Updated July 28, 2023
Information Ratio Formula (Table of Contents)
 Information Ratio Formula
 Examples of Information Ratio Formula (With Excel Template)
 Information Ratio Formula Calculator
Information Ratio Formula
Information ratio, or appraisal ratio, is one of the most important ratios used in active management strategy. The information ratio measures the portfolio’s return over and above the benchmark’s return and compares that return with the volatility of those returns.
The benchmark here is usually an index which is a representation of the market. In other words, the information ratio is riskadjusted return relative to benchmark return. The information ratio measures portfolio managers’ performance, skills, and ability to generate a return over the benchmark. It is also used to measure the consistency in that performance by using tracking errors. Tracking error is a standard deviation of the excess return. A low tracking error signifies portfolio is generating returns over benchmark consistently over time, and high tracking error indicates that returns are very volatile and inconsistent.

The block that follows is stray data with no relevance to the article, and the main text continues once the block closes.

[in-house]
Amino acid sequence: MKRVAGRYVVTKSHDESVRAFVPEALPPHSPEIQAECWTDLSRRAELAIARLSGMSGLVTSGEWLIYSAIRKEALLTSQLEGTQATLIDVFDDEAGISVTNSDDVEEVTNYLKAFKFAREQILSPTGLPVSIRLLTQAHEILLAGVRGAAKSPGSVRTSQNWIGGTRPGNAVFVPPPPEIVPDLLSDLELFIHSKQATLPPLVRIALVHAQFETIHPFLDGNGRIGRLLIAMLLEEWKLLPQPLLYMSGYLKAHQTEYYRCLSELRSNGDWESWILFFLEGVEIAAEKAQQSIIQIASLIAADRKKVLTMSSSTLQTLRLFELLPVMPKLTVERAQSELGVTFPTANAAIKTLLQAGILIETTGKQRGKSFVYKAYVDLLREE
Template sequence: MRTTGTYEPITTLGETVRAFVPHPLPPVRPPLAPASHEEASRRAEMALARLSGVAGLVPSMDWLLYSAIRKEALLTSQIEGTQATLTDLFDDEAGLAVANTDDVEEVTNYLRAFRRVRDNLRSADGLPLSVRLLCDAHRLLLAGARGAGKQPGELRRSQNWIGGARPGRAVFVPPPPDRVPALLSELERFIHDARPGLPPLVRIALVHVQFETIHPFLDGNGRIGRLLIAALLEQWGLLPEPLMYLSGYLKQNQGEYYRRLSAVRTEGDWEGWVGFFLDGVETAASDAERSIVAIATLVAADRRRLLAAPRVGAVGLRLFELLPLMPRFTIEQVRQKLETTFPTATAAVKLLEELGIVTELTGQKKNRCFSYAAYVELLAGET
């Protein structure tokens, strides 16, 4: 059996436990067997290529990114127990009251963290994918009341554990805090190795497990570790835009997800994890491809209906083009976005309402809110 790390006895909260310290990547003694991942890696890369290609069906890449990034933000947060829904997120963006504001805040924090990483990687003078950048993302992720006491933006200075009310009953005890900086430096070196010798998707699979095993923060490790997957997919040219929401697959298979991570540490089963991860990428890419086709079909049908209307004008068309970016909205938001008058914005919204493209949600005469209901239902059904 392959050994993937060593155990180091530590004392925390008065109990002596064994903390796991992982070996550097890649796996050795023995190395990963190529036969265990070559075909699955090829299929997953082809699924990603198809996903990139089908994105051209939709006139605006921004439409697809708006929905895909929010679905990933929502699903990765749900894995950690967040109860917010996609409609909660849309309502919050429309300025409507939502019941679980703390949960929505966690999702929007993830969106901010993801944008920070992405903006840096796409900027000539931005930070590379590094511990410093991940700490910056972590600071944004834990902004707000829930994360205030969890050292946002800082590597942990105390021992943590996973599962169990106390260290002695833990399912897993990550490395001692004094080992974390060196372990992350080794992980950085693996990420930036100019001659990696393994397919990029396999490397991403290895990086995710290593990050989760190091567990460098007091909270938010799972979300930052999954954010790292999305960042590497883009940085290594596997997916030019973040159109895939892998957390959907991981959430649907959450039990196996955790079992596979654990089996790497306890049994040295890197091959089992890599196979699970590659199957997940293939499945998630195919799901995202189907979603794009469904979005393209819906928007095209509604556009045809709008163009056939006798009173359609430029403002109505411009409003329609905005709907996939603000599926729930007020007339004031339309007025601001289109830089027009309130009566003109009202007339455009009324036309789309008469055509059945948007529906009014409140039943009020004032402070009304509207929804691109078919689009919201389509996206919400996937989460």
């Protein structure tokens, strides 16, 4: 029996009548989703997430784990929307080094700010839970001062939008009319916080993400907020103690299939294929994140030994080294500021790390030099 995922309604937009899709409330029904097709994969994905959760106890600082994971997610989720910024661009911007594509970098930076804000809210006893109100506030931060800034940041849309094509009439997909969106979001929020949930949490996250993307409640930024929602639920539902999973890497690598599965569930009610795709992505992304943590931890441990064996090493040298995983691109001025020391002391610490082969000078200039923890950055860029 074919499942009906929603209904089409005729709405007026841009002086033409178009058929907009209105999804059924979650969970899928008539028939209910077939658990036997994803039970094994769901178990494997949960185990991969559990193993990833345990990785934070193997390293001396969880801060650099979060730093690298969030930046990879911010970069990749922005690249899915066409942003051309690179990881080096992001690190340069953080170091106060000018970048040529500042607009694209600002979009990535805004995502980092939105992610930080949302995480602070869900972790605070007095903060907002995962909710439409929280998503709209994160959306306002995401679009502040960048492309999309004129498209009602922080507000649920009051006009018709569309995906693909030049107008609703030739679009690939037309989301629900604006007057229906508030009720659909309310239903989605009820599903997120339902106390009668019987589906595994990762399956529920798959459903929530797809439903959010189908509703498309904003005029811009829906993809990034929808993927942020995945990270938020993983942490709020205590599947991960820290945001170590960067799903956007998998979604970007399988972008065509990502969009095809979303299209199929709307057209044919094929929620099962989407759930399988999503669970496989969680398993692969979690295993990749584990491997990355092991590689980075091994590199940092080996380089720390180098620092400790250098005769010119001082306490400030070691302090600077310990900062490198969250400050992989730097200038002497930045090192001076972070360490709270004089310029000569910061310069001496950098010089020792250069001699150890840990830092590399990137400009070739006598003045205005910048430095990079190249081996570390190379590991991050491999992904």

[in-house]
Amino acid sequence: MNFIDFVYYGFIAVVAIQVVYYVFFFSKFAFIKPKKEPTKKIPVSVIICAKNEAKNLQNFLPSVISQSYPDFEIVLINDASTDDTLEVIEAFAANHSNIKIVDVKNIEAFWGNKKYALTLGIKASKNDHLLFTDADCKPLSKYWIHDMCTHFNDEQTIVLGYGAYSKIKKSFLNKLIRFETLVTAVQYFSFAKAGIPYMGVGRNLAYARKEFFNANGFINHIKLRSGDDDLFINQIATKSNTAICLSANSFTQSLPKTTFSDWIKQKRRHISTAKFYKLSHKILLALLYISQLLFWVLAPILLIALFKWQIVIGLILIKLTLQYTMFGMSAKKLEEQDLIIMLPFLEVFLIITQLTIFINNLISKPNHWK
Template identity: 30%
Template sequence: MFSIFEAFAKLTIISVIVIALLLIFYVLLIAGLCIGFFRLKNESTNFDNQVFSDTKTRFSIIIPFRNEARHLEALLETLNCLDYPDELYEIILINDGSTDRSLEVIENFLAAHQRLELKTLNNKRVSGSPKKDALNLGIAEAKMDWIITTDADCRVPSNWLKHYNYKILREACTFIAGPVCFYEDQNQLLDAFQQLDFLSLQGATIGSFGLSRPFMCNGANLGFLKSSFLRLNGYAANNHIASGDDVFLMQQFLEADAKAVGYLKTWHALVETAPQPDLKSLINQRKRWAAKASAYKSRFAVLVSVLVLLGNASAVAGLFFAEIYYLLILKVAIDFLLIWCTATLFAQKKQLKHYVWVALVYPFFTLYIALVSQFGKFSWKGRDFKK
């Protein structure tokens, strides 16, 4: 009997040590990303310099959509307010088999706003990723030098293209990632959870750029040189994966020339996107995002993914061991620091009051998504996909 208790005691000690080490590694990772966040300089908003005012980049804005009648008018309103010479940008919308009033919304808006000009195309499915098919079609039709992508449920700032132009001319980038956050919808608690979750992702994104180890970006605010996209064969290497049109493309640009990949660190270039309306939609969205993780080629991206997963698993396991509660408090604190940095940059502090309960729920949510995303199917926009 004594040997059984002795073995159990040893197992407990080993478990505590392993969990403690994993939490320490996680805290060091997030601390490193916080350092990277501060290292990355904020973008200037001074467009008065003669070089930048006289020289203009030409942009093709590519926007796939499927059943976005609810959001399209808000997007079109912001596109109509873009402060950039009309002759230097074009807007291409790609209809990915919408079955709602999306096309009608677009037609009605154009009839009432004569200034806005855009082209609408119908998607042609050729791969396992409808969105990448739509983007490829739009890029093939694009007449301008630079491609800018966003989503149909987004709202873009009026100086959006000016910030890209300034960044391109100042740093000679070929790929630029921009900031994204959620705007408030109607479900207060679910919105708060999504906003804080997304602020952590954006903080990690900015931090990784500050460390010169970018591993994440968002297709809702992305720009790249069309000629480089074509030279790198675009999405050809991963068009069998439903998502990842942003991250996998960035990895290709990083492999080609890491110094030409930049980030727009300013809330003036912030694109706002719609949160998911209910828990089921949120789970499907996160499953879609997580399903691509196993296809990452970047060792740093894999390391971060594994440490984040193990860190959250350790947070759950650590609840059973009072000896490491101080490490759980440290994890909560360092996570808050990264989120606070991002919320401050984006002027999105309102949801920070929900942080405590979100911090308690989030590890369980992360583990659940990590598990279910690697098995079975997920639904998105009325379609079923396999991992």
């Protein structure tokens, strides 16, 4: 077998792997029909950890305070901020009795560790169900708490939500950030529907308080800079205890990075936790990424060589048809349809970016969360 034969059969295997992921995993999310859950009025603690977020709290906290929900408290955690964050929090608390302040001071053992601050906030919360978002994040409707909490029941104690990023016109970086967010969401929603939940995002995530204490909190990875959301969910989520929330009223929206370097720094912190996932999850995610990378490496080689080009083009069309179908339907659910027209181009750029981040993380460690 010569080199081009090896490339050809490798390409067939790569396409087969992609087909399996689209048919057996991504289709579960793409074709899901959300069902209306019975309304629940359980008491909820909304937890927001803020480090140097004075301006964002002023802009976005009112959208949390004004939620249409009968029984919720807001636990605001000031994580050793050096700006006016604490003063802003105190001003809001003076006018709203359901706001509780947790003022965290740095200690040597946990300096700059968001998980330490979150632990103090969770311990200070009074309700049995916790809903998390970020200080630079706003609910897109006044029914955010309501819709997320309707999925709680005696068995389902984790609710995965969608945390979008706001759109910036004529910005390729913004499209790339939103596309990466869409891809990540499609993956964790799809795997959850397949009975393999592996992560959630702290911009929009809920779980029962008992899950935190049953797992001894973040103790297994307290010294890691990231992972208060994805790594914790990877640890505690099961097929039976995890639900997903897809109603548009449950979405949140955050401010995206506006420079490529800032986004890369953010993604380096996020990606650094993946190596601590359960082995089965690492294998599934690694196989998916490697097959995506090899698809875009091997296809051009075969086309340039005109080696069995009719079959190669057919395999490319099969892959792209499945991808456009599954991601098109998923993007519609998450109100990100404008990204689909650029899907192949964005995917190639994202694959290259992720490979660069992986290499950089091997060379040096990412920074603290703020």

The information ratio is very similar to the Sharpe ratio. Still, the difference between these two is that benchmark in the Sharpe ratio is a riskfree rate, whereas in the Information ratio, it is the benchmark’s expected return. So if the benchmark is the same as the riskfree rate, both ratios will be the same.
Information ratio helps us in comparing different funds by standardizing the returns. The formula for the Information ratio is as below:
 Portfolio Return = Portfolio return for the period
 Benchmark Return = Return on the fund used as a benchmark
 Tracking Error = Standard deviation of the difference between the portfolio and benchmark returns
Examples of Information Ratio Formula (With Excel Template)
Let’s take an example to understand the calculation of the Information Ratio in a better manner.
Information Ratio Formula – Example #1